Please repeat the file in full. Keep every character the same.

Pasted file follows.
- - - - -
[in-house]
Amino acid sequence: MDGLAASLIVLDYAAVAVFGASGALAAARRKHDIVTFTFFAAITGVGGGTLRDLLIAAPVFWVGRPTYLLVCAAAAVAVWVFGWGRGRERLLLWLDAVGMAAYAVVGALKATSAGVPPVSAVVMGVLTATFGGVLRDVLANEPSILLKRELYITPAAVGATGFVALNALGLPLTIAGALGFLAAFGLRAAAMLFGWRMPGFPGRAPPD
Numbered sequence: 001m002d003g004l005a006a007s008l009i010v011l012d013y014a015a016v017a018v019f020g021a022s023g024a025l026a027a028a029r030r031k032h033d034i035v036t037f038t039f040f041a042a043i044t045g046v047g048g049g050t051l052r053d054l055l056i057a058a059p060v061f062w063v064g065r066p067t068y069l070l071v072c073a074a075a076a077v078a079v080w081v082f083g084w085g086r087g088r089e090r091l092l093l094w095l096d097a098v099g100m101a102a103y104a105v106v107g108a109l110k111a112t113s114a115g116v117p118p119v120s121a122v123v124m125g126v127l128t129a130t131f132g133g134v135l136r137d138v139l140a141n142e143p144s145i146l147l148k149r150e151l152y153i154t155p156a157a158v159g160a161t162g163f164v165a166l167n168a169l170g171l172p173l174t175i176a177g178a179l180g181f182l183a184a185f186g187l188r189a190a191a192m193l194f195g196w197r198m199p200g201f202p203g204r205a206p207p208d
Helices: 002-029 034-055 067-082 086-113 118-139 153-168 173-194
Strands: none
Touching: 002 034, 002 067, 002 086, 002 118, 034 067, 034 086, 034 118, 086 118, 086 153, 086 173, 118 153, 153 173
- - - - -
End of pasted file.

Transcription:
[in-house]
Amino acid sequence: MDGLAASLIVLDYAAVAVFGASGALAAARRKHDIVTFTFFAAITGVGGGTLRDLLIAAPVFWVGRPTYLLVCAAAAVAVWVFGWGRGRERLLLWLDAVGMAAYAVVGALKATSAGVPPVSAVVMGVLTATFGGVLRDVLANEPSILLKRELYITPAAVGATGFVALNALGLPLTIAGALGFLAAFGLRAAAMLFGWRMPGFPGRAPPD
Numbered sequence: 001m002d003g004l005a006a007s008l009i010v011l012d013y014a015a016v017a018v019f020g021a022s023g024a025l026a027a028a029r030r031k032h033d034i035v036t037f038t039f040f041a042a043i044t045g046v047g048g049g050t051l052r053d054l055l056i057a058a059p060v061f062w063v064g065r066p067t068y069l070l071v072c073a074a075a076a077v078a079v080w081v082f083g084w085g086r087g088r089e090r091l092l093l094w095l096d097a098v099g100m101a102a103y104a105v106v107g108a109l110k111a112t113s114a115g116v117p118p119v120s121a122v123v124m125g126v127l128t129a130t131f132g133g134v135l136r137d138v139l140a141n142e143p144s145i146l147l148k149r150e151l152y153i154t155p156a157a158v159g160a161t162g163f164v165a166l167n168a169l170g171l172p173l174t175i176a177g178a179l180g181f182l183a184a185f186g187l188r189a190a191a192m193l194f195g196w197r198m199p200g201f202p203g204r205a206p207p208d
Helices: 002-029 034-055 067-082 086-113 118-139 153-168 173-194
Strands: none
Touching: 002 034, 002 067, 002 086, 002 118, 034 067, 034 086, 034 118, 086 118, 086 153, 086 173, 118 153, 153 173